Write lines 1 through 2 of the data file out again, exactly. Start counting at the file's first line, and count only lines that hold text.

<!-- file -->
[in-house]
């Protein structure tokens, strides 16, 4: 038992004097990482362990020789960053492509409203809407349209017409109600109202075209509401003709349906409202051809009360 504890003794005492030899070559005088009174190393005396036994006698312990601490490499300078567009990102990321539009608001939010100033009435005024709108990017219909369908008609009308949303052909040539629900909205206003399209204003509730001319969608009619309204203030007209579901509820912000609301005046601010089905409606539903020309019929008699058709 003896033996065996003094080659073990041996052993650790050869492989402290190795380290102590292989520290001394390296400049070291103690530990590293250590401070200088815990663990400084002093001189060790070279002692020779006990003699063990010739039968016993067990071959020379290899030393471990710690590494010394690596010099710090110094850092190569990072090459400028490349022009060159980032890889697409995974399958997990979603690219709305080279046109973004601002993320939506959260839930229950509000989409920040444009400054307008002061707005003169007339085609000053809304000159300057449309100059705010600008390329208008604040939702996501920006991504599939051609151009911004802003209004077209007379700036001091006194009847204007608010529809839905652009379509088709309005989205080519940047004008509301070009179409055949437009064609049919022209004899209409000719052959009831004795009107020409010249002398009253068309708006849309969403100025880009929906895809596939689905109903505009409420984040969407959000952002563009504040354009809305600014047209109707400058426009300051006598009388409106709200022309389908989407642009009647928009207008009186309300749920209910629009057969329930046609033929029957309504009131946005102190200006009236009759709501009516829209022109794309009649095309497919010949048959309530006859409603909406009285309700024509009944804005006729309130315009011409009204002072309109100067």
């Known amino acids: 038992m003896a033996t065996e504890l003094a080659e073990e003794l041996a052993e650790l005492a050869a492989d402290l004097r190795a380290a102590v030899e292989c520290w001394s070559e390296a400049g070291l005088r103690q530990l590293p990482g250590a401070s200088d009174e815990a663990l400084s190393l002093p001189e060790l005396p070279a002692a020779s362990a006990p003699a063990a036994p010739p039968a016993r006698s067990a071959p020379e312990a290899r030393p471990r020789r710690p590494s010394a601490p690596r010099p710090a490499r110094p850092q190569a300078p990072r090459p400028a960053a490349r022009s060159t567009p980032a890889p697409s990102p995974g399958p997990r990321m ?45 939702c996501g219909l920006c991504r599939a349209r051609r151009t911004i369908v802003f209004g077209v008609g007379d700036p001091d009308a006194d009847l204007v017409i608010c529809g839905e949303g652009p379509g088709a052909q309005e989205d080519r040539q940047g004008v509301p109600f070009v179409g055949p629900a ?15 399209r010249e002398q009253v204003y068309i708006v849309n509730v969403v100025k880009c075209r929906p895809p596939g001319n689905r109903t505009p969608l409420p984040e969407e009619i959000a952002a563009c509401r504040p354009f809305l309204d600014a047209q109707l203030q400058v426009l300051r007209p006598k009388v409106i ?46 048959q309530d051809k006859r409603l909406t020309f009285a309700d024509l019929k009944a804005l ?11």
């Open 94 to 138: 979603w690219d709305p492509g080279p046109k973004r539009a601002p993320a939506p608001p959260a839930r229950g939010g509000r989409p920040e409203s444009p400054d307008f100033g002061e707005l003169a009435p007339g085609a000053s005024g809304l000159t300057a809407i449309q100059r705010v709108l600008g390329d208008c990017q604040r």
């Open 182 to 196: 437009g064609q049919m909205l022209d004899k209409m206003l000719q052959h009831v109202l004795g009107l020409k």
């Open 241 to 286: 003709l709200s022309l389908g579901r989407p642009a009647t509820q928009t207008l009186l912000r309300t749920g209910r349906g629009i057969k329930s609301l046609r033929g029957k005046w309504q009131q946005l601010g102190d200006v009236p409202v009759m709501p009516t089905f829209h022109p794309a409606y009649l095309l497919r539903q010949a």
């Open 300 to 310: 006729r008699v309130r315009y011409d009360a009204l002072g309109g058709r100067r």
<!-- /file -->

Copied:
[in-house]
């Protein structure tokens, strides 16, 4: 038992004097990482362990020789960053492509409203809407349209017409109600109202075209509401003709349906409202051809009360 504890003794005492030899070559005088009174190393005396036994006698312990601490490499300078567009990102990321539009608001939010100033009435005024709108990017219909369908008609009308949303052909040539629900909205206003399209204003509730001319969608009619309204203030007209579901509820912000609301005046601010089905409606539903020309019929008699058709 003896033996065996003094080659073990041996052993650790050869492989402290190795380290102590292989520290001394390296400049070291103690530990590293250590401070200088815990663990400084002093001189060790070279002692020779006990003699063990010739039968016993067990071959020379290899030393471990710690590494010394690596010099710090110094850092190569990072090459400028490349022009060159980032890889697409995974399958997990979603690219709305080279046109973004601002993320939506959260839930229950509000989409920040444009400054307008002061707005003169007339085609000053809304000159300057449309100059705010600008390329208008604040939702996501920006991504599939051609151009911004802003209004077209007379700036001091006194009847204007608010529809839905652009379509088709309005989205080519940047004008509301070009179409055949437009064609049919022209004899209409000719052959009831004795009107020409010249002398009253068309708006849309969403100025880009929906895809596939689905109903505009409420984040969407959000952002563009504040354009809305600014047209109707400058426009300051006598009388409106709200022309389908989407642009009647928009207008009186309300749920209910629009057969329930046609033929029957309504009131946005102190200006009236009759709501009516829209022109794309009649095309497919010949048959309530006859409603909406009285309700024509009944804005006729309130315009011409009204002072309109100067």